Skip to main content

Ons Jabeur: Tunisian record-breaking tennis star's rise to the top

Tunisia's superstar becomes first Arab or African semi finalist at US Open, continuing over a decade of breaking new ground
Ons Jabeur celebrates during her US Open fourth round match against Veronika Kudermetova in New York on 4 September 2022 (AFP)
Ons Jabeur celebrates during her US Open fourth round match against Veronika Kudermetova in New York on 4 September 2022 (AFP)

Ons Jabeur is through to the semi final of the US Open - setting a new milestone for the Tunisian tennis sensation who never tires of breaking records. 

With victory over Australia's Ajla Tomljanovic in New York on Tuesday night, Jabeur became the first African woman to reach the last four at Flushing Meadows in the Open era. 

The Tunisian now faces Caroline Garcia on Thursday in her attempt to reach back-to-back Grand Slam finals following her sensational run at Wimbledon earlier this summer.

Stay informed with MEE's newsletters

Sign up to get the latest alerts, insights and analysis, starting with Turkey Unpacked


Her late night success under the lights on the Arthur Ashe Stadium marks the latest in a string of groundbreaking firsts for Arab and African tennis players. 

Middle East Eye takes a look at Jabeur's decade-long rise through the ranks, from promising teenage prodigy to global superstar. 

'We didn't expect it'

Jabeur was born in Ksar Hellal, a small town in northeastern Tunisia, and grew up in the nearby larger coastal city of Sousse. 

At the age of three, she was introduced to tennis by her mother, who played the sport recreationally. She often trained in hotels and tourist resorts, owing to the lack of courts in local tennis clubs.  

"Her parents have done everything possible to support her, and sometimes spent more money than they had. Yet we did not expect her to go far," her uncle Mohamed Jabeur told MEE in July.

"We simply could not imagine that she would be able to match up with rivals from countries which, contrary to Tunisia, invest in sport." 

In pictures: The rise of Tunisia's tennis ace Ons Jabeur
Read More »

Jabeur began competing in national tournaments aged six, and internationally four years later. Aged 12, she moved 90 miles to the capital Tunis where she trained at Lycee Sportif El Menzah, a multi-sport national academy for emerging Tunisian talents.

She made her debut in a junior Grand Slam tournament at the US Open in 2009, and the following year reached the final of the junior French Open. 

It was in 2011 when she came to international attention, winning the French Open girls' championship to become the first ever Arab woman to win a junior Grand Slam title and the first Arab since Egypt's Ismail El Shafei won the Wimbledon boys' tournament in 1964.

Steady progress in early years

Jabeur ended her junior career at Wimbledon in 2011, entering the senior tour full time.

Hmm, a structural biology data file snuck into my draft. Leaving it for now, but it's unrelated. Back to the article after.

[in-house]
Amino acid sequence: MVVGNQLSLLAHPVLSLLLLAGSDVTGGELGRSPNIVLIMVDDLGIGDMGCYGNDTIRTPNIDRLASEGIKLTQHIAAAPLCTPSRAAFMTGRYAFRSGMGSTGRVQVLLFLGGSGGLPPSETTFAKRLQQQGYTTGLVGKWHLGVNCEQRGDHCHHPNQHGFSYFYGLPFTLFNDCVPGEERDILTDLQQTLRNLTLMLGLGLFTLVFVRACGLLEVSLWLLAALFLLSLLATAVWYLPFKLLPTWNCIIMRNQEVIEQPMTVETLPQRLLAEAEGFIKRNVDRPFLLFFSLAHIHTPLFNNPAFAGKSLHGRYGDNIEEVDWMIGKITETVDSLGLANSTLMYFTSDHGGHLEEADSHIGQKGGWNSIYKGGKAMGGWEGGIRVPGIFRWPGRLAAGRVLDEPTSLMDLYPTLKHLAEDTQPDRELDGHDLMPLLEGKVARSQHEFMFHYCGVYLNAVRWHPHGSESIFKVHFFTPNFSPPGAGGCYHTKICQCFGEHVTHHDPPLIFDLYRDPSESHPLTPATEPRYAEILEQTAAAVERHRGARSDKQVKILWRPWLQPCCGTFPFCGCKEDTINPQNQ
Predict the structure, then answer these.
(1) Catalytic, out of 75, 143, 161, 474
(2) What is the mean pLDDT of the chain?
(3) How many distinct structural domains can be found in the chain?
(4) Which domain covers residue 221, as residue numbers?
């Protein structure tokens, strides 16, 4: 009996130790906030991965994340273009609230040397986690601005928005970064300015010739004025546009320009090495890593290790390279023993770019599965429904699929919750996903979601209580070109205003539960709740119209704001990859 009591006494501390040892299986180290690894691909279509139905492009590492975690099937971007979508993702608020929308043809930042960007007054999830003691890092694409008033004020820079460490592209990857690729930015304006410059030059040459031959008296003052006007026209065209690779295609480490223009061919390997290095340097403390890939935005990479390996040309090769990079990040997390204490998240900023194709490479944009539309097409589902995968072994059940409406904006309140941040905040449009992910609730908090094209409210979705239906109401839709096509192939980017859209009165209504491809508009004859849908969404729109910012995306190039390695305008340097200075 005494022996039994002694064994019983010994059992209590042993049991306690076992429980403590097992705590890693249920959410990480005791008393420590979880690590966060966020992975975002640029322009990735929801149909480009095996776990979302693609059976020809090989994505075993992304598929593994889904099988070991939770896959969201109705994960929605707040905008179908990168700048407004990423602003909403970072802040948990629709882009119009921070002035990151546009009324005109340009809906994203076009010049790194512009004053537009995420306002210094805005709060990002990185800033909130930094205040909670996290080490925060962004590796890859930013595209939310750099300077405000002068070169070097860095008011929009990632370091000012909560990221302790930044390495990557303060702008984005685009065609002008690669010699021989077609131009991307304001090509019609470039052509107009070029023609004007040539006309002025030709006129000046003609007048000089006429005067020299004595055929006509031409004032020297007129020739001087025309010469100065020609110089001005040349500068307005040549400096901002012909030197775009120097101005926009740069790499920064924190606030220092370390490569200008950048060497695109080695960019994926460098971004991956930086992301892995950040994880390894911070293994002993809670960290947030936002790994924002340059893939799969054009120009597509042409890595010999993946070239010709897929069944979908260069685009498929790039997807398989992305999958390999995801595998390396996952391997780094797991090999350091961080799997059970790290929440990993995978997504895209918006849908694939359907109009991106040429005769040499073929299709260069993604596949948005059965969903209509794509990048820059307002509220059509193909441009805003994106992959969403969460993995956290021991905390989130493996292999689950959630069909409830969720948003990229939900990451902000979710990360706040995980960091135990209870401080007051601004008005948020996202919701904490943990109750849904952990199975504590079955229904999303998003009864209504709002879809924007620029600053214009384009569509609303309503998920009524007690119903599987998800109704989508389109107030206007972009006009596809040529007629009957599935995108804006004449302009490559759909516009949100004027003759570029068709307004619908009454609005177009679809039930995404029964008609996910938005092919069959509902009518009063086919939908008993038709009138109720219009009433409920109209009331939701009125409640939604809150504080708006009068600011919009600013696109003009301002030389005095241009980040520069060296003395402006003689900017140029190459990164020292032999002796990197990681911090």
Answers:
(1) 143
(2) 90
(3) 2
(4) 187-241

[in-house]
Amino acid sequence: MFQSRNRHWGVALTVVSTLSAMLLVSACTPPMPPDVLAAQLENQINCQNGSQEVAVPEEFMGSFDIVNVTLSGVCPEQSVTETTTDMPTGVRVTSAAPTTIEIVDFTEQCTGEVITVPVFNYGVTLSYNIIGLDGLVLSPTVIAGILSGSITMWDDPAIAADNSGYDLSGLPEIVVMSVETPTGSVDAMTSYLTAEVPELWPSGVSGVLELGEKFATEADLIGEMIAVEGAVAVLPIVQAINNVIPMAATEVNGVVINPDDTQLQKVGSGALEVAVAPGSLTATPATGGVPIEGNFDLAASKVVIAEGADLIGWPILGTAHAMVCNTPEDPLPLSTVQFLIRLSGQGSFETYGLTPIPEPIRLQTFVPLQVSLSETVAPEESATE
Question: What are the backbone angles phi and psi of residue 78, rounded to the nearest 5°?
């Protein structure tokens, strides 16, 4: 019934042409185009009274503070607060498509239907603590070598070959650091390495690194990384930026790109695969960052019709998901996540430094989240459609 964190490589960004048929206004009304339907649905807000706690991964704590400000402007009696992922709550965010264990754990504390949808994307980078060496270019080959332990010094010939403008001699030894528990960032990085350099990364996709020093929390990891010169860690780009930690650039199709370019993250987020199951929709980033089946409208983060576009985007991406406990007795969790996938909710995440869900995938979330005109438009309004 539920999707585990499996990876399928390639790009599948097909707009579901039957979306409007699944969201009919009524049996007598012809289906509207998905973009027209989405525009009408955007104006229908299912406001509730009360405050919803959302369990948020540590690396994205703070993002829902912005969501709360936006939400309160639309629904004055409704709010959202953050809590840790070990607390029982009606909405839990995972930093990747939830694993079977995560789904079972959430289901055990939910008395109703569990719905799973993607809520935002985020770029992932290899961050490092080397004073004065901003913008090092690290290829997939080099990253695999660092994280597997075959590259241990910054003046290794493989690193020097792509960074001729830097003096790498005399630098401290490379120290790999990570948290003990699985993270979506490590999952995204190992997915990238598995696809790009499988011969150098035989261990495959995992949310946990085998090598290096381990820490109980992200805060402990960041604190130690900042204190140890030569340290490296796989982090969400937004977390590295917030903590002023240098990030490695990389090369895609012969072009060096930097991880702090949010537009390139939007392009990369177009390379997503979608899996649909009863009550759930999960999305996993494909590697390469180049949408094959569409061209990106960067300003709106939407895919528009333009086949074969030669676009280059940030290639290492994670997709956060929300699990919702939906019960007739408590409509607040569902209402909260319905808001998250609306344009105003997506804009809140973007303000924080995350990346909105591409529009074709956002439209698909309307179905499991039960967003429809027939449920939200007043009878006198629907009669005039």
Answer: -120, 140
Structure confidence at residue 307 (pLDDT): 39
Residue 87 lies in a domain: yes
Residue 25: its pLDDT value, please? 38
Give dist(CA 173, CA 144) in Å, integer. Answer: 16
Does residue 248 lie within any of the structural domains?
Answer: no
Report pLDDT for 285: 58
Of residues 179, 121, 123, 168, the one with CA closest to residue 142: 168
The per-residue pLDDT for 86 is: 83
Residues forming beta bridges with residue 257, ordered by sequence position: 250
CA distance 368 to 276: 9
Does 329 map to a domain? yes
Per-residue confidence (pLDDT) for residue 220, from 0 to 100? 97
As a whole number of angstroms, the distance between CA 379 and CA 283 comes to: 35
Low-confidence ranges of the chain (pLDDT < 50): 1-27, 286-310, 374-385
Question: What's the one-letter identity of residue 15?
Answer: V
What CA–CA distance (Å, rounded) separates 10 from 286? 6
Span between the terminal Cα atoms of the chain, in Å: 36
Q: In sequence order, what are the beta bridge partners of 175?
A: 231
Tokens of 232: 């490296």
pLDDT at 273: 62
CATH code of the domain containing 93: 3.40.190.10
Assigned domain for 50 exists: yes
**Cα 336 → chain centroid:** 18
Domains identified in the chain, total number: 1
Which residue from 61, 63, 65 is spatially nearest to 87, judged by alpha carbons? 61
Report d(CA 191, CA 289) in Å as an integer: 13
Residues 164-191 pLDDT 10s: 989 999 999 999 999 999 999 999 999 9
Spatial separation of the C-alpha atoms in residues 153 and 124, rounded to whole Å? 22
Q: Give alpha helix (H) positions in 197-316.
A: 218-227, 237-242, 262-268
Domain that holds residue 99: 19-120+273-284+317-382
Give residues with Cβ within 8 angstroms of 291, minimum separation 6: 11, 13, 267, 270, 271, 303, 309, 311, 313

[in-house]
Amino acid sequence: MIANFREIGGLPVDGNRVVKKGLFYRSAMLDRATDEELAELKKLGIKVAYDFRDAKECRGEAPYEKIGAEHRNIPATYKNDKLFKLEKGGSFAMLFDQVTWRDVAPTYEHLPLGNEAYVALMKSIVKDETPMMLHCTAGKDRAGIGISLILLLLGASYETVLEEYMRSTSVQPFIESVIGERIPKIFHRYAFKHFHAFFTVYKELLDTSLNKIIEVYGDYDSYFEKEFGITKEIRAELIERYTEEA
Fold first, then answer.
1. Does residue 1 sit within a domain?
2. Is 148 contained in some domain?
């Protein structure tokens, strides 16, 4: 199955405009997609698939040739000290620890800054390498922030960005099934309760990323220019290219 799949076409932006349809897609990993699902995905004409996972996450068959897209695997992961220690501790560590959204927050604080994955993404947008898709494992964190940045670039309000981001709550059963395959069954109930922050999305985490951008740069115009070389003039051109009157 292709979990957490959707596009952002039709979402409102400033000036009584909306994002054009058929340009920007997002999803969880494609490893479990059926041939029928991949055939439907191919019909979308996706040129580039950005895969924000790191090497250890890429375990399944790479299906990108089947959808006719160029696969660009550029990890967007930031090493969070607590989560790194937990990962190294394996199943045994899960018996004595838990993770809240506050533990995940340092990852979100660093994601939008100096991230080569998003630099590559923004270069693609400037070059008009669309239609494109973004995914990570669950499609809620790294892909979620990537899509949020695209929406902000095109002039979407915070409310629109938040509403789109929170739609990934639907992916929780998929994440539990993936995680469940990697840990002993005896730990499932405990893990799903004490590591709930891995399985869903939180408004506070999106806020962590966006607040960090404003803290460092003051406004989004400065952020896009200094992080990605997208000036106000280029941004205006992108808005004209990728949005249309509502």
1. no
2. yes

She spent most of the beginning of her career playing on the ITF women's circuit, a level below the WTA main draw. 

After a slow initial start following her youth success, the Tunisian won a string of ITF titles in 2013, breaking into the world's top 200. 

She qualified for the main draw of the 2014 US Open and 2015 Australian Open, losing in the first round of both. 

In 2017, she participated in all four Grand Slam singles events, reaching the main draw of three of them.

Ons Jabeur's Tunisian hometown shows pride in Wimbledon success
Read More »

A year later, she made it to her first WTA final at the Kremlin Cup in Russia, defeating several players ranked above her to climb to a career high ranking of 62. 

By 2019, she was receiving off the court accolades too: the Tunisian was awarded the honour of Arab Woman of the Year at a ceremony organised by London Arabia, a UK-based NGO.

"Ons is a real role model," Jabeur's cousin Nour told MEE. "Other young people try to copy her. She inspires, gives hope and makes young people more ambitious. Not only in sport, but also in work, in everything."

Title wins and Grand Slam success

After staying in the world's top 100 through all of 2019, Jabeur made her most significant breakthrough in 2020. 

She reached the quarter final of the Australian Open that year: the furthest a North African and Arab woman had ever reached in a Grand Slam - topped only by her own subsequent successes. 

In June 2021, following the Covid-19 pandemic season suspension, she defeated Russia's Daria Kasatkina to win the 2021 Birmingham Classic. In doing so, she became the first Tunisian and Arab to win a WTA title. 

Jabeur's most significant title came earlier this year, when she won the 2022 Madrid Open in May - becoming the first African and Arab player to win a title at the WTA 1000 level. 

Two months later, she captured the hearts of international audiences once again when she reached the final of Wimbledon, becoming the first Arab - man or woman - to reach a Grand Slam final, and the first African woman to reach the final. 

She lost to Elena Rybakina of Kazakhstan, but reached a career-high ranking of No. 2 nevertheless. It made her the highest ranked African and Arab tennis player in history. 

Jabeur will hope to add the most significant feather in her ever-expanding cap later this week by becoming the first Arab and African player to win a Grand Slam title. 

Middle East Eye delivers independent and unrivalled coverage and analysis of the Middle East, North Africa and beyond. To learn more about republishing this content and the associated fees, please fill out this form. More about MEE can be found here.